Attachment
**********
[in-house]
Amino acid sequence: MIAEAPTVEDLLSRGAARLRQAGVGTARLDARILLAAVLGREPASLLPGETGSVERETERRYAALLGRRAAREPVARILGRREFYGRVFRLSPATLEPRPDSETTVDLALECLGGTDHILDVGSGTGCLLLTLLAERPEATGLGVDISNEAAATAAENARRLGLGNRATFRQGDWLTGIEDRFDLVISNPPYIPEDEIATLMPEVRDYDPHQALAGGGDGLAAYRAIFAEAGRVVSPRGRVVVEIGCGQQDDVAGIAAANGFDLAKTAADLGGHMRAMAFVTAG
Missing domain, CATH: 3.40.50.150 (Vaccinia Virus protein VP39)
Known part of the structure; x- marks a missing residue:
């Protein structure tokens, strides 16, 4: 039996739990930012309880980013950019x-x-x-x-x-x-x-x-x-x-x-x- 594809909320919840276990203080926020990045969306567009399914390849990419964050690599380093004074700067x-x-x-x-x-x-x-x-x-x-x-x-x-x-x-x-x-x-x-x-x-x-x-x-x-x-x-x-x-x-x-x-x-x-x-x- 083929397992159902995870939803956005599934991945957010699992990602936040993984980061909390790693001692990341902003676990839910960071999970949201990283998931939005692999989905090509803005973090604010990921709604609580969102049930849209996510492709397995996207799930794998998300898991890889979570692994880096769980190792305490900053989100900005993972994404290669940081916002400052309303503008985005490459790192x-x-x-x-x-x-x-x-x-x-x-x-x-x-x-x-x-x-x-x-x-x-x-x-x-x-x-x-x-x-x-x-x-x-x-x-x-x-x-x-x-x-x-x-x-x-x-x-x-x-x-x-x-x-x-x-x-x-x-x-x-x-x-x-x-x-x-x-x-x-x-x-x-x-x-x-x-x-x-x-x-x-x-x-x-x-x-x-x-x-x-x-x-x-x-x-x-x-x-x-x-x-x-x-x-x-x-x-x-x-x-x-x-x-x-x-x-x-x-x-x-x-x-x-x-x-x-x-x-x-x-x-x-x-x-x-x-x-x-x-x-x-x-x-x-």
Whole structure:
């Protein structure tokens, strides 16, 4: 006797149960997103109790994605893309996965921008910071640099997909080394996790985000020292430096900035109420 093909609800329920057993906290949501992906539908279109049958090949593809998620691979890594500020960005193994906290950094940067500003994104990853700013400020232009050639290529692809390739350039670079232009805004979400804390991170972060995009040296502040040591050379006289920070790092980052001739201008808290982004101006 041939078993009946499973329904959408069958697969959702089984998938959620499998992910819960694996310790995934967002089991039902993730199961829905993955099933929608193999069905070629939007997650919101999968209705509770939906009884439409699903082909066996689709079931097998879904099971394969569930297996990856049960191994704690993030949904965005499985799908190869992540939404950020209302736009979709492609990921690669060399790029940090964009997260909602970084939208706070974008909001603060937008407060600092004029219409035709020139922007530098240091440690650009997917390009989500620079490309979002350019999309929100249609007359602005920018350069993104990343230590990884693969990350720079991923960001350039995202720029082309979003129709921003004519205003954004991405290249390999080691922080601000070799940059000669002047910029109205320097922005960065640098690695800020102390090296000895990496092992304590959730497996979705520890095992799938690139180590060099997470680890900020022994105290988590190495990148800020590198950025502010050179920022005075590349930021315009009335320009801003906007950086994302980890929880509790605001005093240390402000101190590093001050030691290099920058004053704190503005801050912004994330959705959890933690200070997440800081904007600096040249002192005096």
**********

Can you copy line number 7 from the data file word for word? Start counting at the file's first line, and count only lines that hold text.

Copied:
């Protein structure tokens, strides 16, 4: 006797149960997103109790994605893309996965921008910071640099997909080394996790985000020292430096900035109420 093909609800329920057993906290949501992906539908279109049958090949593809998620691979890594500020960005193994906290950094940067500003994104990853700013400020232009050639290529692809390739350039670079232009805004979400804390991170972060995009040296502040040591050379006289920070790092980052001739201008808290982004101006 041939078993009946499973329904959408069958697969959702089984998938959620499998992910819960694996310790995934967002089991039902993730199961829905993955099933929608193999069905070629939007997650919101999968209705509770939906009884439409699903082909066996689709079931097998879904099971394969569930297996990856049960191994704690993030949904965005499985799908190869992540939404950020209302736009979709492609990921690669060399790029940090964009997260909602970084939208706070974008909001603060937008407060600092004029219409035709020139922007530098240091440690650009997917390009989500620079490309979002350019999309929100249609007359602005920018350069993104990343230590990884693969990350720079991923960001350039995202720029082309979003129709921003004519205003954004991405290249390999080691922080601000070799940059000669002047910029109205320097922005960065640098690695800020102390090296000895990496092992304590959730497996979705520890095992799938690139180590060099997470680890900020022994105290988590190495990148800020590198950025502010050179920022005075590349930021315009009335320009801003906007950086994302980890929880509790605001005093240390402000101190590093001050030691290099920058004053704190503005801050912004994330959705959890933690200070997440800081904007600096040249002192005096």